Temporal lobe epilepsy (TLE) is the most prominent form of partial epilepsy in adults. Reproductive endocrine comorbidities appear in patients with TLE at significantly higher rates than in the general population. These comorbidities include polycystic ovary syndrome, hypothalamic amenorrhea, hyperandrogenism, irregular menstrual cycle, lower testosterone levels, hypogonadism, erectile dysfunction, and decreased semen motility. It is believed that gonadotropin-releasing hormone (GnRH) neurons in the hypothalamus play an important role in the development of these comorbidities. The kainic acid (KA) mouse model is used to study epilepsy-associated changes in GnRH neurophysiology. Our lab recently observed that the activity of GnRH neurons is altered in KA-injected mice (Li et al., eNeuro 2018). To ensure validity of the data, we must verify the success of all KA injections as indicated by the presence of sclerosis and/or gliosis in the hippocampus. Nissl (Cresyl violet) staining is used to visually verify the presence of sclerosis. This research seeks to determine if all KA injections effectively trigger seizures and later development of hippocampal damage and to identify effectiveness of the different methods of verification.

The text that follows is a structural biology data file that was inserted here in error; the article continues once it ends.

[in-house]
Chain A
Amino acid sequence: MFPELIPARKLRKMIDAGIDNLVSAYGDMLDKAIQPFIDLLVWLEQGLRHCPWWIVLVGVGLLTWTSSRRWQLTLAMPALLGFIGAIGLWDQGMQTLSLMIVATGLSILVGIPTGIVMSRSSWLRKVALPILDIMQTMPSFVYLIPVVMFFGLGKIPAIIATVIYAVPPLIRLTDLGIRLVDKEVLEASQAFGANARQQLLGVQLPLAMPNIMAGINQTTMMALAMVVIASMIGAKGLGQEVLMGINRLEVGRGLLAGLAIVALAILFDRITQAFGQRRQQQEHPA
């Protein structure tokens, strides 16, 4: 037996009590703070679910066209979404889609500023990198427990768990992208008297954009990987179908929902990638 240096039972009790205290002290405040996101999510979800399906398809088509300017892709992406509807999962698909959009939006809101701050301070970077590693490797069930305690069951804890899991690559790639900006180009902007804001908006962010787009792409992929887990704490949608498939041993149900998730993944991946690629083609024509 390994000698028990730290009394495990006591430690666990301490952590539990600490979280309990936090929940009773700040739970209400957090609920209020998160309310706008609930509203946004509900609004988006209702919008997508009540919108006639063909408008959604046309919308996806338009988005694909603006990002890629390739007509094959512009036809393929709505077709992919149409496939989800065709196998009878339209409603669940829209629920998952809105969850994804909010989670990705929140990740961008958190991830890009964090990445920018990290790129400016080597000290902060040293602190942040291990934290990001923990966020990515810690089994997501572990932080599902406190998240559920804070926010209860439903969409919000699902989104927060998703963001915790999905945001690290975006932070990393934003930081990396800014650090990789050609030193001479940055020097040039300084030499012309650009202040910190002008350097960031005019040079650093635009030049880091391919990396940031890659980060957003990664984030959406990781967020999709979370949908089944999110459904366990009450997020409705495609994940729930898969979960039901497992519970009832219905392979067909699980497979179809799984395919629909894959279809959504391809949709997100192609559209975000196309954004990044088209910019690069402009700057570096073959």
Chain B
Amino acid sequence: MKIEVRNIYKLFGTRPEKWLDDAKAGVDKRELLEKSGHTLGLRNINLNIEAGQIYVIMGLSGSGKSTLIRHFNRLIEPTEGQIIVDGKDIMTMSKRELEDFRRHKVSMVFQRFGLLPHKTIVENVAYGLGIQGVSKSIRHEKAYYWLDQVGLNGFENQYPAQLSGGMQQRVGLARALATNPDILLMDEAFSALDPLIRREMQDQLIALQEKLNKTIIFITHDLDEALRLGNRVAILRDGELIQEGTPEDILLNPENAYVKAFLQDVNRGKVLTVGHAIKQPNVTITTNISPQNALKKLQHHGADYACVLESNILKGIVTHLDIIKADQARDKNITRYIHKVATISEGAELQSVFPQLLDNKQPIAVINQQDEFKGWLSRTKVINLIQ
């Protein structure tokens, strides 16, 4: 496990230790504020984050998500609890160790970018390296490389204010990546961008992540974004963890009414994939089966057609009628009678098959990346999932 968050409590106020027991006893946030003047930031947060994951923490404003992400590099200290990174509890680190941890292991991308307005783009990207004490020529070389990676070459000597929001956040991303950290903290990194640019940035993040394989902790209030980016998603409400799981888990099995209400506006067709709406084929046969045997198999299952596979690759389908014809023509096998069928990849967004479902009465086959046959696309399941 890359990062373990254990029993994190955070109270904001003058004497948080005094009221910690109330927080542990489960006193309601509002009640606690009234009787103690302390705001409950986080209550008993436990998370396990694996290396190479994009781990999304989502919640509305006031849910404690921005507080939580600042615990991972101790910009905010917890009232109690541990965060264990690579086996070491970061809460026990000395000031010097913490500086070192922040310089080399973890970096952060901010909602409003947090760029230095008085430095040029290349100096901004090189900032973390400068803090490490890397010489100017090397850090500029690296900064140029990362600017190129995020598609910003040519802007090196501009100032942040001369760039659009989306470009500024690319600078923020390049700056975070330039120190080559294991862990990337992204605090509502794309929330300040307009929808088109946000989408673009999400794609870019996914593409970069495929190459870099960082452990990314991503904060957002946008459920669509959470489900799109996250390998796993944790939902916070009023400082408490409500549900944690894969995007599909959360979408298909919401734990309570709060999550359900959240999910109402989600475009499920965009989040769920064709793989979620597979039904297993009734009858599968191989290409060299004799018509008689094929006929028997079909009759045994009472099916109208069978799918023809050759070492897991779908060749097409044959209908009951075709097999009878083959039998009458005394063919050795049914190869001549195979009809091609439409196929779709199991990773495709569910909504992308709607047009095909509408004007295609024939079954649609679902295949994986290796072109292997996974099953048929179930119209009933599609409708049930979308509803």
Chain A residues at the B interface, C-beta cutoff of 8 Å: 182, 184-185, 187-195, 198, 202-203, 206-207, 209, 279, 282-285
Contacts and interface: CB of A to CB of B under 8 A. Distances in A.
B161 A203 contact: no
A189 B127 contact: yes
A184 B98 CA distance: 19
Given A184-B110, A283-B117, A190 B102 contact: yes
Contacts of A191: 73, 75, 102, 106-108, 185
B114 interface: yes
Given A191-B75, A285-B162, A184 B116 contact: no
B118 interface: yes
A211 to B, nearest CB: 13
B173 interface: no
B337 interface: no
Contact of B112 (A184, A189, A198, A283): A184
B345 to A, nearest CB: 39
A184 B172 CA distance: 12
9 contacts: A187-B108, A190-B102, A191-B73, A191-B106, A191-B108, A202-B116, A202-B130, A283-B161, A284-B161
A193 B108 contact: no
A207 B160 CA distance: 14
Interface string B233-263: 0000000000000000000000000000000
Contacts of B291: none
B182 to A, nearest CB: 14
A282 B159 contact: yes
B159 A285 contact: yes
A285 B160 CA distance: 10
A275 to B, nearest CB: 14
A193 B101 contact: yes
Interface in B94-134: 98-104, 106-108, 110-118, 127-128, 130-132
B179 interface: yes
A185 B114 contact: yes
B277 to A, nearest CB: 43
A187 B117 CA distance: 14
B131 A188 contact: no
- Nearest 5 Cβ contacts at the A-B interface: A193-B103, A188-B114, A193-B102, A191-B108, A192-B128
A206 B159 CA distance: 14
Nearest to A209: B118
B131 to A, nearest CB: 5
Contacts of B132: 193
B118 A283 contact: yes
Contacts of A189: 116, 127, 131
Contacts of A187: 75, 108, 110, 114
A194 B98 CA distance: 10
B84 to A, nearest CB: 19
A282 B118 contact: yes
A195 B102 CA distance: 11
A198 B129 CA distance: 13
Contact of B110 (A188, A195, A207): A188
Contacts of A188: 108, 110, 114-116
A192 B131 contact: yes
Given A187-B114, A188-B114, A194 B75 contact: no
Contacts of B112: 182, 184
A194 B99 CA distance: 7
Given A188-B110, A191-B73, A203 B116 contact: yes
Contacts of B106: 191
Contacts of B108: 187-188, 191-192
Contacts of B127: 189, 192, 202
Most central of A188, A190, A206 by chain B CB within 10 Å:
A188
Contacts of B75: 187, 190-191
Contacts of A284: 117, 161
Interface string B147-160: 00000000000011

Garcia, Adrian J.; Ingram, Robbie J.; and Christian, Catherine A., "Verification of Successful Kainic Acid Injections in a Temporal Lobe Epilepsy Mouse Model" (2019). Phenotypic Plasticity Research Experience for Community College Students. 34.